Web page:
On half life problem cyclopropane is the smallest

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Biology: The Dynamic Science
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Chapter 6 / Exercise 1
Biology: The Dynamic Science
Hertz/Russell
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Question on Half-Life PROBLEM: Cyclopropane is the smallest cyclic hydrocarbon. It is thermally unstable and rearranges to propene at 1000 0C via the following first-order reaction: CH2H2CCH2(g)!H3CCHCH2(g)The rate constant is found to be 9.2 s-1(a)What is the half-life of the reaction? (b)How long does it take for the concentration of cyclopropane to reach one-quarter of the initial value? An Overview of Zero-Order, First-Order, and Simple Second-Order ReactionsZero Order First Order Second Order Half-life (t1/2) = Rate law rate = krate = k [A] rate = kUnits for kmol/L*s 1/s L/mol*s Reactions with More than one ReactantUse the half-life equation, t1/2= 0.693 k to solve One-quarter of the initial value means two half-lives have passed. 2 t1/2= 2(0.075s) = 0.150s (b) t1/2= 0.693/9.2 s-1= 0.075 s (a) Plot for straight line Slope, y-intercept Integrated rate law in straight-line form [A]t= kt + [A]0ln[A]t= -kt + ln[A]01/[A]t= kt + 1/[A]0[A]tvs. t ln[A]tvs. t 1/[A]t= t k, [A]0-k, ln[A]0k, 1/[A]0[A]0/2k(ln 2)/k1/(k[A]0) Key assumption so far: forward reactions only This assumption is generally good at short timesHow to solve:
[A]2
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Biology: The Dynamic Science
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Chapter 6 / Exercise 1
Biology: The Dynamic Science
Hertz/Russell
Expert Verified
2/12/12 15 Reaction Kinetics – Why Study ? Reaction Mechanism
2/12/12 16 NO2 (g)+ CO(g)àฏNO(g)+ CO2(g)If this reaction proceeds in one step as written, the rate law should be, Rate = k[NO2] [CO]However kinetics expts show: Rate = k[NO2]2The rate of this reaction is independent of [CO] and 2nd-order with respect to [NO2] The reaction therefore does not proceed in one Elementary Step as written above An Elementary Step is a reaction whose rate law can be written from its molecularity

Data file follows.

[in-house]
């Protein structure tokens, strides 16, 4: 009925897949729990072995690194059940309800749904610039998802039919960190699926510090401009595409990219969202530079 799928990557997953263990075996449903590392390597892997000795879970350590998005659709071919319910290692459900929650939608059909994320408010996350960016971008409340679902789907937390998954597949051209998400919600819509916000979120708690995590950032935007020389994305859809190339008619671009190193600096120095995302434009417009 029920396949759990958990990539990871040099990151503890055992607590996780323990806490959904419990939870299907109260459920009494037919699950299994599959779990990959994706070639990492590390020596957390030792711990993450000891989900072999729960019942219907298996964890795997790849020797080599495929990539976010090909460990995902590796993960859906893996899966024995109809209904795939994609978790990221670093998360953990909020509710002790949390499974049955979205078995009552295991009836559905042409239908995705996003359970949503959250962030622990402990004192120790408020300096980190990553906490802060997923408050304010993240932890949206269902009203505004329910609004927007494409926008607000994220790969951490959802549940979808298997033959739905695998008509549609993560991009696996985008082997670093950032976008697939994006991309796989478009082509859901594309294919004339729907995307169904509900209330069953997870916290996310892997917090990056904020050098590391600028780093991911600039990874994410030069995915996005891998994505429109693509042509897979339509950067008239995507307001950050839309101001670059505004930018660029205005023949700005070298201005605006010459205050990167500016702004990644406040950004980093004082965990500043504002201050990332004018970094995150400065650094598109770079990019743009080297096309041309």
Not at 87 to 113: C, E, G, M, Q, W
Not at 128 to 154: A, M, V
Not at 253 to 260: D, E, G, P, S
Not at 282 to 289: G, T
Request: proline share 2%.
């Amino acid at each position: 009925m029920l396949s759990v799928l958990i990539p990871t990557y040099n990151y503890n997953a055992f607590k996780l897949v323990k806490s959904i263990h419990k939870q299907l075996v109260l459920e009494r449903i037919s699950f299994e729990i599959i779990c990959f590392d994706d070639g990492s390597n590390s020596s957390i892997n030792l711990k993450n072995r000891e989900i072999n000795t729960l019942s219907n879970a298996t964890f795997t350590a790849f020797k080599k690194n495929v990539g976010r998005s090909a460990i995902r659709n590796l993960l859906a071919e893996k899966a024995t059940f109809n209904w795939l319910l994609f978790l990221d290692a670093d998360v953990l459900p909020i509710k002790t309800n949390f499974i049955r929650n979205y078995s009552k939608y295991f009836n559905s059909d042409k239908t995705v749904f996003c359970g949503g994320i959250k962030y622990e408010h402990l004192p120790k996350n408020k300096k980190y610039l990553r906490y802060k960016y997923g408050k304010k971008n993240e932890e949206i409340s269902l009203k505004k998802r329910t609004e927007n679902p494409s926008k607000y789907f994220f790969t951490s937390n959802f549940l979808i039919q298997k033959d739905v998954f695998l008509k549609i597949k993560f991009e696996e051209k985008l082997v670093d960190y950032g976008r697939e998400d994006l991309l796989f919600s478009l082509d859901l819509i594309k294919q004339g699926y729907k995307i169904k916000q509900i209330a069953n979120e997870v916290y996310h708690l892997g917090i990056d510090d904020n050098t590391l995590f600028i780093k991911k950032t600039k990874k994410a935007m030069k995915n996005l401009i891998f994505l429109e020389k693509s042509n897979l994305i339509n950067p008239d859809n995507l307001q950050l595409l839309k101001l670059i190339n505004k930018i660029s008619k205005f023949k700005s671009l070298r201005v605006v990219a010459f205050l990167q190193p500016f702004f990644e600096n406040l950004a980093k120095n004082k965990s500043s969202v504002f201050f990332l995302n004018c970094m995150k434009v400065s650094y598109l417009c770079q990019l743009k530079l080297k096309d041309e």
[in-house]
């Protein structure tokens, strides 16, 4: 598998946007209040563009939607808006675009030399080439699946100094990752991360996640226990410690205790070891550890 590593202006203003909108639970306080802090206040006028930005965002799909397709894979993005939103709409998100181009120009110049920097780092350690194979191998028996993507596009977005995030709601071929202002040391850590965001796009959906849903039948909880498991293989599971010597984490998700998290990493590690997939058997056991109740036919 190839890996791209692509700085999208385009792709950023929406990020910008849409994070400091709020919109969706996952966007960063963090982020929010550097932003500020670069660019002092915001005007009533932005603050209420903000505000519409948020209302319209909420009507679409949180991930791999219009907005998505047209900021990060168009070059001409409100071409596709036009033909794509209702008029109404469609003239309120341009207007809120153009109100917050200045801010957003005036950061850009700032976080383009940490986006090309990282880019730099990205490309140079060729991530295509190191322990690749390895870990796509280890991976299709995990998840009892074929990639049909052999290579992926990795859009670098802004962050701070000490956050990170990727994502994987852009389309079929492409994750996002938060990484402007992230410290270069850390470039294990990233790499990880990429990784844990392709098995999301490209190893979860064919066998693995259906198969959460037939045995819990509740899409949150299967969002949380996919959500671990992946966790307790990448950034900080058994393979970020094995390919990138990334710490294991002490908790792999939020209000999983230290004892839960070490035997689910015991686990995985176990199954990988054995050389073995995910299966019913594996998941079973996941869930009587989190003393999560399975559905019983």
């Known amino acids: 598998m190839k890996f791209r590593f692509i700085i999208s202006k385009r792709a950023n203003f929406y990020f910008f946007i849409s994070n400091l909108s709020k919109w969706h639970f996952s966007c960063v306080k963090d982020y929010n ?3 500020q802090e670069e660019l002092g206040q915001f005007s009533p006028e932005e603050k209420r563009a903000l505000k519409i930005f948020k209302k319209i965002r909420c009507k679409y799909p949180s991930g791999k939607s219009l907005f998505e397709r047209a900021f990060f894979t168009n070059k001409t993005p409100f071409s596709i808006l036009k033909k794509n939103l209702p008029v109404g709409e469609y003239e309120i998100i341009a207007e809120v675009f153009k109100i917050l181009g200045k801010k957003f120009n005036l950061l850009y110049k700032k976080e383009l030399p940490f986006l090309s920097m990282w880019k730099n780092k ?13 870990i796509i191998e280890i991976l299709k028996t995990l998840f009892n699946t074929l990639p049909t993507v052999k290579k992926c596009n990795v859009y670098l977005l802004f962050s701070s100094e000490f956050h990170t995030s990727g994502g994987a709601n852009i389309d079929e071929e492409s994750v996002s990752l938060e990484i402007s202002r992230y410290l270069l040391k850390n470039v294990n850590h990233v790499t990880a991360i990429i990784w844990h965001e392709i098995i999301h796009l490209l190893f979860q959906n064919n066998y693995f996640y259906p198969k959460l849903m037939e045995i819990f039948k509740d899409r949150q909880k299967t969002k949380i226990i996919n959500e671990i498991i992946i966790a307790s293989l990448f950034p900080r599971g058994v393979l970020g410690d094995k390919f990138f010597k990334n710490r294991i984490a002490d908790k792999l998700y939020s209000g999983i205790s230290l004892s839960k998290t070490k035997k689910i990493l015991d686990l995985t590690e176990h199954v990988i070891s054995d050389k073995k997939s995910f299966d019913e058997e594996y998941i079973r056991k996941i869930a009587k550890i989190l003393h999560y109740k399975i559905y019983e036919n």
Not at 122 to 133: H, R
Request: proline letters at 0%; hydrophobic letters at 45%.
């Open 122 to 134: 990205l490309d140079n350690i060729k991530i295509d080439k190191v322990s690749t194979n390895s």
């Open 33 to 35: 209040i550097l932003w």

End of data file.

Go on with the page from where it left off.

2/12/12 17 Reaction Mechanisms: Series of Elementary Steps Stop Feb. 14
2/12/12 Reaction Mechanisms A reaction may actually consist of several consecutive steps A Rate Law can be written for each step if we know the molecules that collide in that step. In general – steps will proceed at different rates Rate of an overall reaction will be rate of its slowest steprate limiting steprate-determining step When we experimentally determine the rate law of the overall reaction, we are determining the rate law of its slowest step.From that rate law, we an write the slowest step and propose a mechanism for the overall reaction.Example F2+ 2 ClO2àฏ2 FClORate = k (F2) (ClO2) Experimentally determined rate law What is the reaction mechanism:Certainly not: F2+ ClO2+ ClO2this is an unlikely termolecular Rx. not consistent with the rate law Possibly: F2+ ClO2––––>F2ClO2 intermediatF2ClO2+ ClO2––––>2 FClO• The two equations add up to net equation • Slow step is consistent with rate law • Possible experimental support of mechanism: Spectroscopic observation (detection) of F2ClO2 slow fast Does not appear in net equation Can never absolutely prove a mechanism; but can disprove one
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2/12/12 19 Another Example 2 NO + 2 H2–––> N2+ 2 H2O Rate = k [NO]2[H2] Possible Mech.: NO + NO + H2––––>N2O + H2ON2O + H2––––>N2+ H2O slow fast However, termolecular 1ststep Consider another more likely mechanism Consider another more likely mechanism for 2 NO + 2 H2–––> N2+ 2 H2O

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